A lot of sub-problems seem to be involved, such as:

  • Predicting which piece of information would be valuable to any given person, or group of people, is hard
  • Sometimes people are not even aware what information to look for, because they’re ignorant of something being a problem to begin with
  • Sometimes people or organizations are incentivized to keep access to valuable information scarce, in order to capture more of the value for themselves, which has negative externalities on the public
  • Sometimes people are not asking for something or telling others something due to some accompanying status risk, or other (social) cost
  • Some potentially valuable information is just very hard to bring to existence; we can only distribute what’s already there, but uncovering new information is sometimes much more difficult

In the following I’ll very roughly get into the scale, neglectedness and solvability of the issue.



On some level, every single human and every organization is affected by suboptimal distribution of information, some obviously more so than others. It appears almost self-evident to me that a hypothetical world with “optimal” information distribution[1] would look vastly different (and in many ways better) than our current one:

  • People would waste a lot less resources on things that don’t work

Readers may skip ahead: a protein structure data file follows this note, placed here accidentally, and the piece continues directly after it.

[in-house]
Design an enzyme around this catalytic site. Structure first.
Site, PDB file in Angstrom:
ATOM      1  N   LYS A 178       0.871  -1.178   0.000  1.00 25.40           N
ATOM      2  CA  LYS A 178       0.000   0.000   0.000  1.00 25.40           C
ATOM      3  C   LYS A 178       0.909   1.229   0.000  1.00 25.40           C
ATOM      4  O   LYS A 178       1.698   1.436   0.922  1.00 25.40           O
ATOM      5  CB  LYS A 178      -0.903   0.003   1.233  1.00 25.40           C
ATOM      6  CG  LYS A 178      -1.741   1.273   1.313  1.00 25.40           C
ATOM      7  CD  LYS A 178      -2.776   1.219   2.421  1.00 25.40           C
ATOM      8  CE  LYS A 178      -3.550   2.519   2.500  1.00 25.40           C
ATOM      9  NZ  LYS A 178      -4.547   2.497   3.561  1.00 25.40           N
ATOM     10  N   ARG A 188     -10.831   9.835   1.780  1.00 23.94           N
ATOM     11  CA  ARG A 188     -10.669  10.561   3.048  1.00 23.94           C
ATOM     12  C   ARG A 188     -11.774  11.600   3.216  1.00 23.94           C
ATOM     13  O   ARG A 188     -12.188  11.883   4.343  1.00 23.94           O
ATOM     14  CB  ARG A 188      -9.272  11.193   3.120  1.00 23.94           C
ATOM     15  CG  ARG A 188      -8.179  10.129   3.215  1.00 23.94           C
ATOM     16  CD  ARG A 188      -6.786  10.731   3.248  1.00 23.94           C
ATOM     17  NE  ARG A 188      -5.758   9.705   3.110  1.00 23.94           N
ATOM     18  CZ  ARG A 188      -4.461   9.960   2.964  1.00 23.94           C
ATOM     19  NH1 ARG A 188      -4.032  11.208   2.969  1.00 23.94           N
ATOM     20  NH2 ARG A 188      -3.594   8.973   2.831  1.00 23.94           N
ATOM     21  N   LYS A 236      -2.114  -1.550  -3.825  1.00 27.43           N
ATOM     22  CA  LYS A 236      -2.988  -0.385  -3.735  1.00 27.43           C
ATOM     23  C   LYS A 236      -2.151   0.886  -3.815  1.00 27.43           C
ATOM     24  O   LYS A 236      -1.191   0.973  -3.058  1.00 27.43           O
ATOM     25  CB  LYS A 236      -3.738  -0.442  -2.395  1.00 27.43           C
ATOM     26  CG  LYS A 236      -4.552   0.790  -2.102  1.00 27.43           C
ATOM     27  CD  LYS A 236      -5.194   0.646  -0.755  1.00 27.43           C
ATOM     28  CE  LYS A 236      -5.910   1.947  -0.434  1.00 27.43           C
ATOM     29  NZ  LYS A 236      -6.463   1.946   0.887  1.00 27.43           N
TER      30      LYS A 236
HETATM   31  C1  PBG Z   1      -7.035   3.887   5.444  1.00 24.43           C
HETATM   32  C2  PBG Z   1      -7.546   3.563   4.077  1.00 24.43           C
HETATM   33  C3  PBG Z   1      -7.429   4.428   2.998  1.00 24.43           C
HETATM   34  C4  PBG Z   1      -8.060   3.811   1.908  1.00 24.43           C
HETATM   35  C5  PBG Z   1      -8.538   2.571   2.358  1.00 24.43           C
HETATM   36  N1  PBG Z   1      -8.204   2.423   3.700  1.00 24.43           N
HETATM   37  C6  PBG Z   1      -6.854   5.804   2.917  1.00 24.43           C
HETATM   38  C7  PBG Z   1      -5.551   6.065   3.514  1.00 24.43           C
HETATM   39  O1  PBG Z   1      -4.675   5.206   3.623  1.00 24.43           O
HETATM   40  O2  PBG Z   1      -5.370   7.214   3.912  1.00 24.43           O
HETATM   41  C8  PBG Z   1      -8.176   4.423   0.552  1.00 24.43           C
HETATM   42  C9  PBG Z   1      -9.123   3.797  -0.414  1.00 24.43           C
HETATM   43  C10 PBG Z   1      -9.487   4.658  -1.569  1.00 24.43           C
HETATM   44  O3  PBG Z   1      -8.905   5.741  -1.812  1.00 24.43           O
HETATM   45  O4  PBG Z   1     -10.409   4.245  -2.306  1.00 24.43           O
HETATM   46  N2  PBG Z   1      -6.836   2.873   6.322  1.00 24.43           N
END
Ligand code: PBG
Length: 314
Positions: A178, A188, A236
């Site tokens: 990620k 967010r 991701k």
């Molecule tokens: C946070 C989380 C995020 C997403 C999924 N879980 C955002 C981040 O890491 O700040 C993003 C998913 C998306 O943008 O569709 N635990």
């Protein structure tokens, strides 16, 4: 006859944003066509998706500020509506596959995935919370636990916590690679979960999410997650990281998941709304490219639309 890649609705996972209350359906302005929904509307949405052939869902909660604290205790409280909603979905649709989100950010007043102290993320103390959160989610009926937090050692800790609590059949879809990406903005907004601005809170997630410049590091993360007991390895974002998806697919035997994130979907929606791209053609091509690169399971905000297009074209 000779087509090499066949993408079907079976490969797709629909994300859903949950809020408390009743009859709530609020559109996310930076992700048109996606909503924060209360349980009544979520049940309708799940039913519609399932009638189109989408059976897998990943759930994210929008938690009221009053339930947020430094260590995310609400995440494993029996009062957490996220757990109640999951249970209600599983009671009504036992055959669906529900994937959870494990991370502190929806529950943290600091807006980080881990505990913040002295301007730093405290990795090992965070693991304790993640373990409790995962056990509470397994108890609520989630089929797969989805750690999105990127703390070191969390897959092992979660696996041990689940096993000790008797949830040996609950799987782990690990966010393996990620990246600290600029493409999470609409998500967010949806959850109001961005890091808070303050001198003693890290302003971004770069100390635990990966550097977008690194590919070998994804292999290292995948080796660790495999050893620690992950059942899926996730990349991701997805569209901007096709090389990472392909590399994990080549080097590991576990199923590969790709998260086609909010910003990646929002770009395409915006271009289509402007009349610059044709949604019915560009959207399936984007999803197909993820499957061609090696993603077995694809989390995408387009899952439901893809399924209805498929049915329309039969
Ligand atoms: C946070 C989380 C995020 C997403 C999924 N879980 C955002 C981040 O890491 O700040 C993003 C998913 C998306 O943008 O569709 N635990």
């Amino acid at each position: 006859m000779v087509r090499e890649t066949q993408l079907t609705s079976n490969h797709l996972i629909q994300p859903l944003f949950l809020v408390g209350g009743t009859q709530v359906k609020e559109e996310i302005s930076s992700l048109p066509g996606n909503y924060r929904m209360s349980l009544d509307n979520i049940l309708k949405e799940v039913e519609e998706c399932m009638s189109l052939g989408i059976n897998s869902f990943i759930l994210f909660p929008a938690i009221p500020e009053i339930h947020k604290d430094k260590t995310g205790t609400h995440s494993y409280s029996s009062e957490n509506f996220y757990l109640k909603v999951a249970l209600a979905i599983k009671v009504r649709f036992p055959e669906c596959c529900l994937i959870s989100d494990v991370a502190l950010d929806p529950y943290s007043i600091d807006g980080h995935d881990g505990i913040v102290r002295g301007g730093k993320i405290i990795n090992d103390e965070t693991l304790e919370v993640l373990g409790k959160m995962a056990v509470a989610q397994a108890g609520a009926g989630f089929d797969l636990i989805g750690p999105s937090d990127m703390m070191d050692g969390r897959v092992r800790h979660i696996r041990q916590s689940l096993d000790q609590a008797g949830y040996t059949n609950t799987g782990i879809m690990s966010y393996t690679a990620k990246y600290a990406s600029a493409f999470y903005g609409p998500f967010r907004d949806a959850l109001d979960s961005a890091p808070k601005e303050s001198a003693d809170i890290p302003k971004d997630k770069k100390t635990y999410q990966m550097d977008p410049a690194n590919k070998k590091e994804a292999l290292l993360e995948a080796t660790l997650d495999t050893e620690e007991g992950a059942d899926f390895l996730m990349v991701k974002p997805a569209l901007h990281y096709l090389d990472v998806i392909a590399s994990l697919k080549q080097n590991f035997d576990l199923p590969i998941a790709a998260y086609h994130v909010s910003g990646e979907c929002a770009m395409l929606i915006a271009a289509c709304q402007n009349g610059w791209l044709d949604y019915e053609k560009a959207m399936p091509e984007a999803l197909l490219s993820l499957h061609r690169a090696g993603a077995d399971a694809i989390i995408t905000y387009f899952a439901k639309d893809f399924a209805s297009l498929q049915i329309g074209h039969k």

• General friction in organizations would be substantially reduced
  • People would make fewer costly mistakes (both in work and in life)
  • Romantically frustrated people would likely have a better shot at finding partners (although this one may be less obviously true, since distribution of romantic partners is closer to zero-sum than other points mentioned)
  • A lot of problems people are experiencing in their lives would be easily solved or improved
  • People would feel better due to giving and receiving more compliments
  • People would have a much better shot at mitigating some personal risks

Access to relevant information is of course far from the only important bottleneck, and there are naturally many other reasons for suboptimal quality of life or inefficient organizations, from material constraints to bad incentives to limits in rationality. Still, the way information is distributed seems to be at least one important bottleneck, and one that if it was “solved” would have a major positive impact on the world.

Ultimately the key uncertainty with regards to how promising this area is seems to lie less the scale, which is quite large, than in the neglectedness and solvability.


Still, to provide at least one (as “back of the envelope” as it gets) estimate: if we assume that